Procedures for Handling Retaliation Complaints Under Section 31307 of the Moving Ahead for Progress in the 21st Century Act (MAP-21), 90196-90198 [2016-29914]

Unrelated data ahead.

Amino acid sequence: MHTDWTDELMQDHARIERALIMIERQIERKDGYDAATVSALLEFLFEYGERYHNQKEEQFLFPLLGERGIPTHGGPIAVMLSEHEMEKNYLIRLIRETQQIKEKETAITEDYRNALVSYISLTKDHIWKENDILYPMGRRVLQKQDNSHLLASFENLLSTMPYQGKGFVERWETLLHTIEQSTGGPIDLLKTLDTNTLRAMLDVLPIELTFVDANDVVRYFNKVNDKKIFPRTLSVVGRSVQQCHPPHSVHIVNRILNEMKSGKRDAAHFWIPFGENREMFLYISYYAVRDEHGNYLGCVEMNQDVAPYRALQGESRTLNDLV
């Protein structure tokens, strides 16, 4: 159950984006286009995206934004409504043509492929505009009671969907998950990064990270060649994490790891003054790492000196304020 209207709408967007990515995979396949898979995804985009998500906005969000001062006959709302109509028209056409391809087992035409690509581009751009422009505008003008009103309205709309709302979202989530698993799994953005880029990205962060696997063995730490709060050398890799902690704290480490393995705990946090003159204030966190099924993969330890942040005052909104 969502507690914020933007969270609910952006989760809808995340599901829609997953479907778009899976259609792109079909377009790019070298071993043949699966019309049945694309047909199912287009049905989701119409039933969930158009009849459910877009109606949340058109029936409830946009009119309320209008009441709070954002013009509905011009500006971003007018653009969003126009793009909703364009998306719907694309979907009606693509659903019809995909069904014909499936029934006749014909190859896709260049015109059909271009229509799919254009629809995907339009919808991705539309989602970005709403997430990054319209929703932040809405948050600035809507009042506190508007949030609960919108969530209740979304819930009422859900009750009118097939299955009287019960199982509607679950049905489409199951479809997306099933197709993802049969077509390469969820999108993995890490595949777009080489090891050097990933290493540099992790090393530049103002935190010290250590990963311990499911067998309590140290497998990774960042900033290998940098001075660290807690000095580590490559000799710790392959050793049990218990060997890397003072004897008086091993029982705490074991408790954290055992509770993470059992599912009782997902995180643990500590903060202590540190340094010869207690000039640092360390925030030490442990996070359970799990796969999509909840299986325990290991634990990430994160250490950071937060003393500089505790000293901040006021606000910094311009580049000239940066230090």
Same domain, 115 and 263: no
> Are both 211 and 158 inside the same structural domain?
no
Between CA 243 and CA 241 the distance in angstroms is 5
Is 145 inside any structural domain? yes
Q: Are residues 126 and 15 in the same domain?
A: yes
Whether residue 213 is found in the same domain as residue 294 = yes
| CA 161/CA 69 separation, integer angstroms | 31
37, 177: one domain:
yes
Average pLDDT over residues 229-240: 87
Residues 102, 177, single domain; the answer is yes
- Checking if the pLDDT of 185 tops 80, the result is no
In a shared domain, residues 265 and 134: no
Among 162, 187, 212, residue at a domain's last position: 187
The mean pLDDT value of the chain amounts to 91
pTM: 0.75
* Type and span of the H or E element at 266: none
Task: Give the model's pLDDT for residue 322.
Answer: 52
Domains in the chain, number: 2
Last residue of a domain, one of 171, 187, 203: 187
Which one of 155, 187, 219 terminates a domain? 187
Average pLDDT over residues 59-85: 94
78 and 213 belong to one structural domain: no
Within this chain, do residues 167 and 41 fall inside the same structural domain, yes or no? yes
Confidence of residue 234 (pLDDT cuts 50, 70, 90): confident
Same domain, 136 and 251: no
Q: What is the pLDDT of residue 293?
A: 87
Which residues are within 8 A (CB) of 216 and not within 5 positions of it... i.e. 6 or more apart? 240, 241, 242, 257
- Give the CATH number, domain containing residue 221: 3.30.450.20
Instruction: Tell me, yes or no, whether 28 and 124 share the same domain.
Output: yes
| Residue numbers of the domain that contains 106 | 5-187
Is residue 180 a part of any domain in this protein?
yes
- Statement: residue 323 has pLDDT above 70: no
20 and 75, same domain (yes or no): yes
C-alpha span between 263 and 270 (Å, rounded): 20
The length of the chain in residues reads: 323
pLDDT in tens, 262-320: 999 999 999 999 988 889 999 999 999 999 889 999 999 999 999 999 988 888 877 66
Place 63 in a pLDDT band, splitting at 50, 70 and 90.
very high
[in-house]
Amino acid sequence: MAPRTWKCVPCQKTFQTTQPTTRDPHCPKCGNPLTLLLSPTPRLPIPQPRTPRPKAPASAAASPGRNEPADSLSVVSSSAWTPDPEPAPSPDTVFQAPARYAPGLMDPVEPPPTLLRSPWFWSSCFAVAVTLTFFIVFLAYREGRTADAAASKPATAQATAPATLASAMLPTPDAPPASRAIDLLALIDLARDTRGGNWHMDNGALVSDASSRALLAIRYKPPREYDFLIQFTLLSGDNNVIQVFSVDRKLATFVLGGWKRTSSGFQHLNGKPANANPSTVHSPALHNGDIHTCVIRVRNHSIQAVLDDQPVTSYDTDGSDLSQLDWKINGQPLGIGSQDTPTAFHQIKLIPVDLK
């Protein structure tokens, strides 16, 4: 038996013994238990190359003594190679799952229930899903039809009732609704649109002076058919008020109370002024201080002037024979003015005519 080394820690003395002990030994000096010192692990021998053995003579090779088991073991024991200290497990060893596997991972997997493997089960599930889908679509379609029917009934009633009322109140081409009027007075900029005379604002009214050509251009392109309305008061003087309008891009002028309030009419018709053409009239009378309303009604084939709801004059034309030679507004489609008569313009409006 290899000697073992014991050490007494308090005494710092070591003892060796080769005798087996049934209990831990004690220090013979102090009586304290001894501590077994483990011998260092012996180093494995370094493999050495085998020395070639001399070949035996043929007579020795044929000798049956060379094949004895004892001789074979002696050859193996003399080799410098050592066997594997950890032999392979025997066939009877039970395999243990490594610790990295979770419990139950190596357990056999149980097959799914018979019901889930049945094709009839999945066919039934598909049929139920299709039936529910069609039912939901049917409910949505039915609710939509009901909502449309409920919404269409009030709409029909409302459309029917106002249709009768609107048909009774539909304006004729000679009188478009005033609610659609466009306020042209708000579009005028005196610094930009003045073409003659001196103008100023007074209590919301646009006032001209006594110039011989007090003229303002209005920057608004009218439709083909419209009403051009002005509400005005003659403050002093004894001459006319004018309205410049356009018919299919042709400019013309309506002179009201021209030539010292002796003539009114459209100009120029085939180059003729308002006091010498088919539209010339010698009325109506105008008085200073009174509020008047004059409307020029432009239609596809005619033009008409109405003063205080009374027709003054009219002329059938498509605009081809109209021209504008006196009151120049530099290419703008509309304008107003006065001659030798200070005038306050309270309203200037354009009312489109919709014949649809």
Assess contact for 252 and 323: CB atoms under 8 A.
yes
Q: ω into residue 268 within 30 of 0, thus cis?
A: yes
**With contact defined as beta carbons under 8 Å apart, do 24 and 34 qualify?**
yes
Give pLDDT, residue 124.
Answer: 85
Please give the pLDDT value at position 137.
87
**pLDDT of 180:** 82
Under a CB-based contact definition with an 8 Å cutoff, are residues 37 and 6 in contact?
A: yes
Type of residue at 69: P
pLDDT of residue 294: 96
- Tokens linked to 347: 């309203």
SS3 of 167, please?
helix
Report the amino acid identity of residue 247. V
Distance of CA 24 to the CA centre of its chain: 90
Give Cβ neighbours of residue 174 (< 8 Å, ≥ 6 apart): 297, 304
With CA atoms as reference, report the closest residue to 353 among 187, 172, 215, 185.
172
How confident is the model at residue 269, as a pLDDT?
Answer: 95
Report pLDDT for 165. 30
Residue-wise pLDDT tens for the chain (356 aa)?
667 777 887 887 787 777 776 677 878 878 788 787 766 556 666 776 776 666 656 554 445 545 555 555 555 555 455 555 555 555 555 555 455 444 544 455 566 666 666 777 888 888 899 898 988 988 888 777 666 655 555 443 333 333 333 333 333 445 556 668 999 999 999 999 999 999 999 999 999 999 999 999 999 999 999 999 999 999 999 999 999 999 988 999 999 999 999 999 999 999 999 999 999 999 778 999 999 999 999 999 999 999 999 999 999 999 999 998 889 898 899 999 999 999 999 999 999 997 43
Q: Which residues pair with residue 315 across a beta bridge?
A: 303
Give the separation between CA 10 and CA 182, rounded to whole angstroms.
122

Download as PDF 90196 Federal Register / Vol. 81, No. 240 / Wednesday, December 14, 2016 / Rules and Regulations extracts remain in Schedule I. Entities registered to handle marihuana (under drug code 7360) that also handle marihuana extracts, will need to apply to modify their registrations to add the new drug code 7350 to their existing DEA registrations and procure quotas specifically for drug code 7350 each year. Regulatory Analyses Executive Orders 12866 and 13563, Regulatory Planning and Review, and 13563, Improving Regulation and Regulatory Review This regulation has been drafted and reviewed in accordance with the principles of Executive Orders 12866 and 13563. This rule is not a significant regulatory action under Executive Order 12866. Executive Order 12988, Civil Justice Reform This regulation meets the applicable standards set forth in sections 3(a) and 3(b)(2) of Executive Order 12988 to eliminate drafting errors and ambiguity, minimize litigation, provide a clear legal standard for affected conduct, and promote simplification and burden reduction. Executive Order 13132, Federalism This rulemaking does not have federalism implications warranting the application of Executive Order 13132. The rule does not have substantial direct effects on the States, on the relationship between the national government and the States, or the distribution of power and responsibilities among the various levels of government. rmajette on DSK2TPTVN1PROD with RULES Executive Order 13175, Consultation and Coordination With Indian Tribal Governments This rule does not have tribal implications warranting the application of Executive Order 13175. It does not have substantial direct effects on one or more Indian tribes, on the relationship between the Federal Government and Indian tribes, or on the distribution of power and responsibilities between the Federal Government and Indian tribes. Regulatory Flexibility Act The Administrator, in accordance with the Regulatory Flexibility Act (RFA), 5 U.S.C. 601–602, has reviewed this rule and by approving it, certifies that it will not have a significant economic impact on a substantial number of small entities. This rule establishes a new drug code for marihuana extracts. DEA already registers persons handling marihuana VerDate Sep<11>2014 15:29 Dec 13, 2016 Jkt 241001 extracts but within another alreadyestablished drug code. Thus, persons who handle these marihuana extracts have already met DEA’s registration, security, and other statutory and regulatory requirements. The only direct effect to registrants who handle marihuana extracts will be the requirement to add the new drug code to their registration. Therefore, DEA has concluded that this rule will not have a significant effect on a substantial number of small entities. Unfunded Mandates Reform Act of 1995 On the basis of information contained in the ‘‘Regulatory Flexibility Act’’ section above, DEA has determined and certifies pursuant to the Unfunded Mandates Reform Act (UMRA) of 1995, 2 U.S.C. 1501 et seq., that this action would not result in any Federal mandate that may result in the expenditure by State, local, and tribal governments, in the aggregate, or by the private sector, of $100,000,000 or more (adjusted for inflation) in any one year. Therefore, neither a Small Government Agency Plan nor any other action is required under provisions of the UMRA of 1995. Paperwork Reduction Act of 1995 This action does not impose a collection of information requirement under the Paperwork Reduction Act of 1995. 44 U.S.C. 3501–3521. This action would not impose recordkeeping or reporting requirements on State or local governments, individuals, businesses, or organizations. An agency may not conduct or sponsor, and a person is not required to respond to, a collection of information unless it displays a currently valid OMB control number. Congressional Review Act This rule is not a major rule as defined by section 804 of the Small Business Regulatory Enforcement Fairness Act of 1996 (Congressional Review Act (CRA)). This rule will not result in: An annual effect on the economy of $100,000,000 or more; a major increase in costs or prices for consumers, individual industries, Federal, State, or local government agencies, or geographic regions; or significant adverse effects on competition, employment, investment, productivity, innovation, or on the ability of U.S.-based companies to compete with foreign based companies in domestic and export markets. However, pursuant to the CRA, the DEA has submitted a copy of this final rule to both Houses of Congress and to the Comptroller General. PO 00000 Frm 00012 Fmt 4700 Sfmt 4700 List of Subjects in 21 CFR Part 1308 Drug traffic control, Controlled substances. For the reasons set out above, 21 CFR part 1308 is amended as follows: PART 1308—SCHEDULES OF CONTROLLED SUBSTANCES 1. The authority citation for part 1308 continues to read as follows: ■ Authority: 21 U.S.C. 811, 812, 871(b), unless otherwise noted. 2. Section 1308.11 is amended by adding paragraph (d)(58) to read as follows: ■ § 1308.11 Schedule I. * * * * * (d) * * * (58) Marihuana Extract—(7350) Meaning an extract containing one or more cannabinoids that has been derived from any plant of the genus Cannabis, other than the separated resin (whether crude or purified) obtained from the plant. * * * * * Dated: December 7, 2016. Chuck Rosenberg, Acting Administrator. [FR Doc. 2016–29941 Filed 12–13–16; 8:45 am] BILLING CODE 4410–09–P DEPARTMENT OF LABOR Occupational Safety and Health Administration 29 CFR Part 1988 [Docket Number: OSHA–2015–0021] RIN 1218–AC88 Procedures for Handling Retaliation Complaints Under Section 31307 of the Moving Ahead for Progress in the 21st Century Act (MAP–21) Occupational Safety and Health Administration, Labor. ACTION: Final rule. AGENCY: On March 16, 2016, the Occupational Safety and Health Administration (OSHA) of the U.S. Department of Labor (Department) issued an interim final rule (IFR) that provided procedures for the Department’s processing of complaints under the employee protection (retaliation or whistleblower) provisions of Section 31307 of the Moving Ahead for Progress in the 21st Century Act (MAP–21). The IFR established procedures and time frames for the SUMMARY: E:\FR\FM\14DER1.SGM 14DER1 Federal Register / Vol. 81, No. 240 / Wednesday, December 14, 2016 / Rules and Regulations rmajette on DSK2TPTVN1PROD with RULES handling of retaliation complaints under MAP–21, including procedures and time frames for employee complaints to OSHA, investigations by OSHA, appeals of OSHA determinations to an administrative law judge (ALJ) for a hearing de novo, hearings by ALJs, review of ALJ decisions by the Administrative Review Board (ARB) (acting on behalf of the Secretary of Labor) and judicial review of the Secretary’s final decision. It also set forth the Department’s interpretations of the MAP–21 whistleblower provisions on certain matters. This final rule adopts, without change, the IFR. DATES: This final rule is effective December 14, 2016. FOR FURTHER INFORMATION CONTACT: Britania C. Smith, Program Analyst, Directorate of Whistleblower Protection Programs, Occupational Safety and Health Administration, U.S. Department of Labor, Room N–4618, 200 Constitution Avenue NW., Washington, DC 20210; telephone (202) 693–2199. This is not a toll-free number. Email: OSHA.DWPP@dol.gov. This Federal Register publication is available in alternative formats. The alternative formats available are: Large print, electronic file on computer disk (Word Perfect, ASCII, Mates with Duxbury Braille System), and audiotape. SUPPLEMENTARY INFORMATION: I. Background The Moving Ahead for Progress in the 21st Century Act, Public Law 112–141, 126 Stat. 405, was enacted on July 6, 2012 and, among other things, funded surface transportation programs at over $105 billion for fiscal years 2013 and 2014. Section 31307 of the Act, codified at 49 U.S.C. 30171 and referred to throughout this rulemaking as MAP–21, prohibits motor vehicle manufacturers, parts suppliers, and dealerships from discharging or otherwise retaliating against an employee because the employee provided, caused to be provided or is about to provide information to the employer or the Secretary of Transportation relating to any motor vehicle defect, noncompliance, or any violation or alleged violation of any notification or reporting requirement of Chapter 301 of title 49 of the U.S. Code (Chapter 301); filed, caused to be filed or is about to file a proceeding relating to any such defect or violation; testified, assisted or participated (or is about to testify, assist or participate) in such a proceeding; or objected to, or refused to participate in, any activity that the employee reasonably believed to be in violation of any provision of Chapter 301, or any VerDate Sep<11>2014 15:29 Dec 13, 2016 Jkt 241001 order, rule, regulation, standard or ban under such provision. Chapter 301 is the codification of the National Traffic and Motor Vehicle Safety Act of 1966, as amended, which grants the National Highway Traffic Safety Administration (NHTSA) authority to issue vehicle safety standards and to require manufacturers to recall vehicles that have a safety-related defect or do not meet federal safety standards. This final rule adopts, without change, the provisions in the IFR which established procedures for the handling of whistleblower complaints under MAP– 21. II. Interim Final Rule, Comment Received and OSHA’s Response On March 16, 2016, OSHA published in the Federal Register an IFR establishing procedures for the handling of whistleblower retaliation complaints under MAP–21. 81 FR 13976. The IFR also requested public comments. The prescribed comment period closed on May 16, 2016. OSHA received one comment responsive to the IFR. The commenter, a private citizen, stated in full that: After the OSHA investigation, the complainant should have a reasonable chance to respond to whatever the investigation found before the final determination. The investigation should rely on facts: Any witness remarks need to be substantiated by facts, and the complainant should be able to respond to them. Investigations need to be conducted according to strict guidelines with facts checked perhaps by another investigator. OSHA is making no revisions to the MAP–21 rule in response to this comment. OSHA believes that the procedures in the IFR, see e.g., 29 CFR 1988.104(c), as supplemented by OSHA’s whistleblower investigations manual, available at http:// www.whistleblowers.gov, operate to give complainants adequate opportunities to review and respond to information submitted by the employer in a MAP– 21 whistleblower investigation and to ensure adequate supervision of investigators. In addition, as provided in the rules, any party who objects to OSHA’s findings has an opportunity to seek de novo review before an administrative law judge. Accordingly, this rule adopts as final, without change, the IFR published on March 16, 2016. III. Paperwork Reduction Act This rule contains a reporting provision (filing a retaliation complaint, Section 1988.103) which was previously reviewed and approved for use by the Office of Management and Budget PO 00000 Frm 00013 Fmt 4700 Sfmt 4700 90197 (OMB) under the provisions of the Paperwork Reduction Act of 1995 (Pub. L. 104–13). The assigned OMB control number is 1218–0236. IV. Administrative Procedure Act The notice and comment rulemaking procedures of Section 553 of the Administrative Procedure Act (APA) do not apply ‘‘to interpretative rules, general statements of policy, or rules of agency organization, procedure, or practice.’’ 5 U.S.C. 553(b)(A). This is a rule of agency procedure, practice, and interpretation within the meaning of that section. Therefore, publication in the Federal Register of a notice of proposed rulemaking and request for comments was not required for this rulemaking. Although this is a procedural and interpretative rule not subject to the notice and comment procedures of the APA, OSHA provided persons interested in the IFR 60 days to submit comments and considered the one comment pertinent to the IFR that it received in deciding to finalize without change the procedures in the IFR. Furthermore, because this rule is procedural and interpretative rather than substantive, the normal requirement of 5 U.S.C. 553(d) that a rule be effective 30 days after publication in the Federal Register is inapplicable. OSHA also finds good cause to provide an immediate effective date for this final rule, which simply finalizes without change the procedures that have been in place since publication of the IFR. It is in the public interest that the rule be effective immediately so that parties may know what procedures are applicable to pending cases. V. Executive Orders 12866 and 13563; Unfunded Mandates Reform Act of 1995; Executive Order 13132 The Department has concluded that this rule is not a ‘‘significant regulatory action’’ within the meaning of Executive Order 12866, reaffirmed by Executive Order 13563, because it is not likely to: (1) Have an annual effect on the economy of $100 million or more or adversely affect in a material way the economy, a sector of the economy, productivity, competition, jobs, the environment, public health or safety, or State, local, or Tribal governments or communities; (2) create a serious inconsistency or otherwise interfere with an action taken or planned by another agency; (3) materially alter the budgetary impact of entitlements, grants, user fees, or loan programs or the rights and obligations of recipients thereof; or (4) raise novel legal or policy E:\FR\FM\14DER1.SGM 14DER1 90198 Federal Register / Vol. 81, No. 240 / Wednesday, December 14, 2016 / Rules and Regulations issues arising out of legal mandates, the President’s priorities, or the principles set forth in Executive Order 12866. Therefore, no economic impact analysis under Section 6(a)(3)(C) of Executive Order 12866 has been prepared. For the same reason, and because no notice of proposed rulemaking has been published, no statement is required under Section 202 of the Unfunded Mandates Reform Act of 1995, 2 U.S.C. 1532. In any event, this rulemaking is procedural and interpretive in nature and is thus not expected to have a significant economic impact. Finally, this rule does not have ‘‘federalism implications.’’ The rule does not have ‘‘substantial direct effects on the States, on the relationship between the national government and the States, or on the distribution of power and responsibilities among the various levels of government’’ and therefore is not subject to Executive Order 13132 (Federalism). PART 1988—PROCEDURES FOR HANDLING RETALIATION COMPLAINTS UNDER SECTION 31307 OF THE MOVING AHEAD FOR PROGRESS IN THE 21ST CENTURY ACT (MAP–21) For the reasons set out in the preamble, the interim final rule adding 29 CFR part 1988, which was published at 81 FR 13976 on March 16, 2016, is adopted as a final rule without change. ■ Signed at Washington, DC, on December 8, 2016. David Michaels, Assistant Secretary of Labor for Occupational Safety and Health. [FR Doc. 2016–29914 Filed 12–13–16; 8:45 am] BILLING CODE 4510–26–P DEPARTMENT OF HOMELAND SECURITY Coast Guard VI. Regulatory Flexibility Analysis 33 CFR Part 117 The notice and comment rulemaking procedures of Section 553 of the APA do not apply ‘‘to interpretative rules, general statements of policy, or rules of agency organization, procedure, or practice.’’ 5 U.S.C. 553(b)(A). Rules that are exempt from APA notice and comment requirements are also exempt from the Regulatory Flexibility Act (RFA). See SBA Office of Advocacy, A Guide for Government Agencies: How to Comply with the Regulatory Flexibility Act, at 9; also found at: https:// www.sba.gov/advocacy/guidegovernment-agencies-how-complyregulatory-flexibility-act. This is a rule of agency procedure, practice, and interpretation within the meaning of 5 U.S.C. 553; and, therefore, the rule is exempt from both the notice and comment rulemaking procedures of the APA and the requirements under the RFA. Nonetheless OSHA, in the IFR, provided interested persons 60 days to comment on the procedures applicable to retaliation complaints under MAP–21 and considered the one comment pertinent to the IFR that it received in deciding to finalize without change the procedures in the IFR. [Docket No. USCG–2016–1044] rmajette on DSK2TPTVN1PROD with RULES List of Subjects in 29 CFR Part 1988 Administrative practice and procedure, Automobile dealers, Employment, Investigations, Motor vehicle defects, Motor vehicle manufacturers, Part suppliers, Reporting and recordkeeping requirements, Whistleblower. VerDate Sep<11>2014 15:29 Dec 13, 2016 Jkt 241001 Drawbridge Operation Regulation; Sacramento River, Sacramento, CA Coast Guard, DHS. Notice of deviation from drawbridge regulation. AGENCY: ACTION: The Coast Guard has issued a temporary deviation from the operating schedule that governs the Tower Drawbridge across the Sacramento River, mile 59.0, at Sacramento, CA. The deviation is necessary to allow the community to participate in the New Year’s Eve fireworks. This deviation allows the bridge to remain in the closed-to-navigation position during the deviation period. DATES: This deviation is effective from 8:30 p.m. on December 31, 2016 to 12:15 a.m. on January 1, 2017. ADDRESSES: The docket for this deviation, [USCG–2016–1044], is available at http://www.regulations.gov. Type the docket number in the ‘‘SEARCH’’ box and click ‘‘SEARCH’’. Click on Open Docket Folder on the line associated with this deviation. FOR FURTHER INFORMATION CONTACT: If you have questions on this temporary deviation, call or email David H. Sulouff, Chief, Bridge Section, Eleventh Coast Guard District; telephone 510– 437–3516, email David.H.Sulouff@uscg.mil. SUMMARY: California Department of Transportation has requested a temporary change to the SUPPLEMENTARY INFORMATION: PO 00000 Frm 00014 Fmt 4700 Sfmt 4700 operation of the Tower Drawbridge, mile 59.0, over Sacramento River, at Sacramento, CA. The vertical lift bridge navigation span provides a vertical clearance of 30 feet above Mean High Water in the closed-to-navigation position. The draw operates as required by 33 CFR 117.189(a). Navigation on the waterway is commercial and recreational. The drawspan will be secured in the closed-to-navigation position from 8:30 p.m. on December 31, 2016 to 12:15 a.m. on January 1, 2017, to allow the community to participate in the New Year’s Eve fireworks. This temporary deviation has been coordinated with the waterway users. No objections to the proposed temporary deviation were raised. Vessels able to pass through the bridge in the closed position may do so at any time. The bridge will not be able to open for emergencies and there is no immediate alternate route for vessels to pass. The Coast Guard will also inform the users of the waterway through our Local and Broadcast Notices to Mariners of the change in operating schedule for the bridge so that vessel operators can arrange their transits to minimize any impact caused by the temporary deviation. In accordance with 33 CFR 117.35(e), the drawbridge must return to its regular operating schedule immediately at the end of the effective period of this temporary deviation. This deviation from the operating regulations is authorized under 33 CFR 117.35. Dated: December 9, 2016. D.H. Sulouff, District Bridge Chief, Eleventh Coast Guard District. [FR Doc. 2016–29986 Filed 12–13–16; 8:45 am] BILLING CODE 9110–04–P DEPARTMENT OF VETERANS AFFAIRS 38 CFR Part 17 RIN 2900–AP44 Advanced Practice Registered Nurses Department of Veterans Affairs. Final rule with comment period. AGENCY: ACTION: The Department of Veterans Affairs (VA) is amending its medical regulations to permit full practice authority of three roles of VA advanced practice registered nurses (APRN) when they are acting within the scope of their VA employment. Certified Registered Nurse Anesthetists (CRNA) will not be included in VA’s full practice authority SUMMARY: E:\FR\FM\14DER1.SGM 14DER1